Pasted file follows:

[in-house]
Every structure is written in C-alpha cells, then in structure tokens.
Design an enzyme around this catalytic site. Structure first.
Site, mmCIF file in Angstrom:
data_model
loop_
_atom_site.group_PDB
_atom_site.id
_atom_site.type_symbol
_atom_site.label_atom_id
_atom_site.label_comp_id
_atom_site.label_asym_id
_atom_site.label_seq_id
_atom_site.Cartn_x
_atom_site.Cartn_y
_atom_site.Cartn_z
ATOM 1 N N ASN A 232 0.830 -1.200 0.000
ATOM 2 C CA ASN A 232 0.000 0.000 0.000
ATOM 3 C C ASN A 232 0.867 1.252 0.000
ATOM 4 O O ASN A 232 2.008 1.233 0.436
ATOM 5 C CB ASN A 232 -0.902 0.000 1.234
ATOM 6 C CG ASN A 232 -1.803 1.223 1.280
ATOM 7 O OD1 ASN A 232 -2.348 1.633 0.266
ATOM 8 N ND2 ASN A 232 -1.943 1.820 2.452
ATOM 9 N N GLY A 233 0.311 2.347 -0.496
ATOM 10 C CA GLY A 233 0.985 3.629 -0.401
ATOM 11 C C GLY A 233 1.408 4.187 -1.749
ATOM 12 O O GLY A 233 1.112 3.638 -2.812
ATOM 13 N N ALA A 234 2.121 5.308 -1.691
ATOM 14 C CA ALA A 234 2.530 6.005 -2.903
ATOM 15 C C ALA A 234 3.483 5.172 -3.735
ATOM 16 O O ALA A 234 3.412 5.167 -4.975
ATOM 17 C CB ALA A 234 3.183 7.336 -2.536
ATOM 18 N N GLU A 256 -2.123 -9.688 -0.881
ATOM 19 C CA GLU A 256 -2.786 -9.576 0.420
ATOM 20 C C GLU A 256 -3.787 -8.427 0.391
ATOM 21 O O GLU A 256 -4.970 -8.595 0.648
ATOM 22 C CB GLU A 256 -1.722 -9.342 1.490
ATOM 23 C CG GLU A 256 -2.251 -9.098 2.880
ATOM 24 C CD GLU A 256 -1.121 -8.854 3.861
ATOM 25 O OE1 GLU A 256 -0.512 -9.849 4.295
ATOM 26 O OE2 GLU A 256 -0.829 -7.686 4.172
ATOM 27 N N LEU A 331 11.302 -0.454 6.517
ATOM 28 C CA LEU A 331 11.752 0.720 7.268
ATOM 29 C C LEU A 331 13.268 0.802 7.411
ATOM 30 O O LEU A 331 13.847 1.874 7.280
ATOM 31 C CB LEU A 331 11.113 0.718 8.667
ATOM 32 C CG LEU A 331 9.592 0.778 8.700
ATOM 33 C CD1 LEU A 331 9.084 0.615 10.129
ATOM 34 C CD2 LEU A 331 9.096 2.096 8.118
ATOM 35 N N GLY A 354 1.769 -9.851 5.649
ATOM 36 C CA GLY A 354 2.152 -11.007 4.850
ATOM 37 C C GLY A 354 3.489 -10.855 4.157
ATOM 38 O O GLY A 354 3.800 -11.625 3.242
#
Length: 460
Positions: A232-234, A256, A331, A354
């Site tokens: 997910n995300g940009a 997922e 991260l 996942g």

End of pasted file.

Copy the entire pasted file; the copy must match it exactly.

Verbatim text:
[in-house]
Every structure is written in C-alpha cells, then in structure tokens.
Design an enzyme around this catalytic site. Structure first.
Site, mmCIF file in Angstrom:
data_model
loop_
_atom_site.group_PDB
_atom_site.id
_atom_site.type_symbol
_atom_site.label_atom_id
_atom_site.label_comp_id
_atom_site.label_asym_id
_atom_site.label_seq_id
_atom_site.Cartn_x
_atom_site.Cartn_y
_atom_site.Cartn_z
ATOM 1 N N ASN A 232 0.830 -1.200 0.000
ATOM 2 C CA ASN A 232 0.000 0.000 0.000
ATOM 3 C C ASN A 232 0.867 1.252 0.000
ATOM 4 O O ASN A 232 2.008 1.233 0.436
ATOM 5 C CB ASN A 232 -0.902 0.000 1.234
ATOM 6 C CG ASN A 232 -1.803 1.223 1.280
ATOM 7 O OD1 ASN A 232 -2.348 1.633 0.266
ATOM 8 N ND2 ASN A 232 -1.943 1.820 2.452
ATOM 9 N N GLY A 233 0.311 2.347 -0.496
ATOM 10 C CA GLY A 233 0.985 3.629 -0.401
ATOM 11 C C GLY A 233 1.408 4.187 -1.749
ATOM 12 O O GLY A 233 1.112 3.638 -2.812
ATOM 13 N N ALA A 234 2.121 5.308 -1.691
ATOM 14 C CA ALA A 234 2.530 6.005 -2.903
ATOM 15 C C ALA A 234 3.483 5.172 -3.735
ATOM 16 O O ALA A 234 3.412 5.167 -4.975
ATOM 17 C CB ALA A 234 3.183 7.336 -2.536
ATOM 18 N N GLU A 256 -2.123 -9.688 -0.881
ATOM 19 C CA GLU A 256 -2.786 -9.576 0.420
ATOM 20 C C GLU A 256 -3.787 -8.427 0.391
ATOM 21 O O GLU A 256 -4.970 -8.595 0.648
ATOM 22 C CB GLU A 256 -1.722 -9.342 1.490
ATOM 23 C CG GLU A 256 -2.251 -9.098 2.880
ATOM 24 C CD GLU A 256 -1.121 -8.854 3.861
ATOM 25 O OE1 GLU A 256 -0.512 -9.849 4.295
ATOM 26 O OE2 GLU A 256 -0.829 -7.686 4.172
ATOM 27 N N LEU A 331 11.302 -0.454 6.517
ATOM 28 C CA LEU A 331 11.752 0.720 7.268
ATOM 29 C C LEU A 331 13.268 0.802 7.411
ATOM 30 O O LEU A 331 13.847 1.874 7.280
ATOM 31 C CB LEU A 331 11.113 0.718 8.667
ATOM 32 C CG LEU A 331 9.592 0.778 8.700
ATOM 33 C CD1 LEU A 331 9.084 0.615 10.129
ATOM 34 C CD2 LEU A 331 9.096 2.096 8.118
ATOM 35 N N GLY A 354 1.769 -9.851 5.649
ATOM 36 C CA GLY A 354 2.152 -11.007 4.850
ATOM 37 C C GLY A 354 3.489 -10.855 4.157
ATOM 38 O O GLY A 354 3.800 -11.625 3.242
#
Length: 460
Positions: A232-234, A256, A331, A354
């Site tokens: 997910n995300g940009a 997922e 991260l 996942g």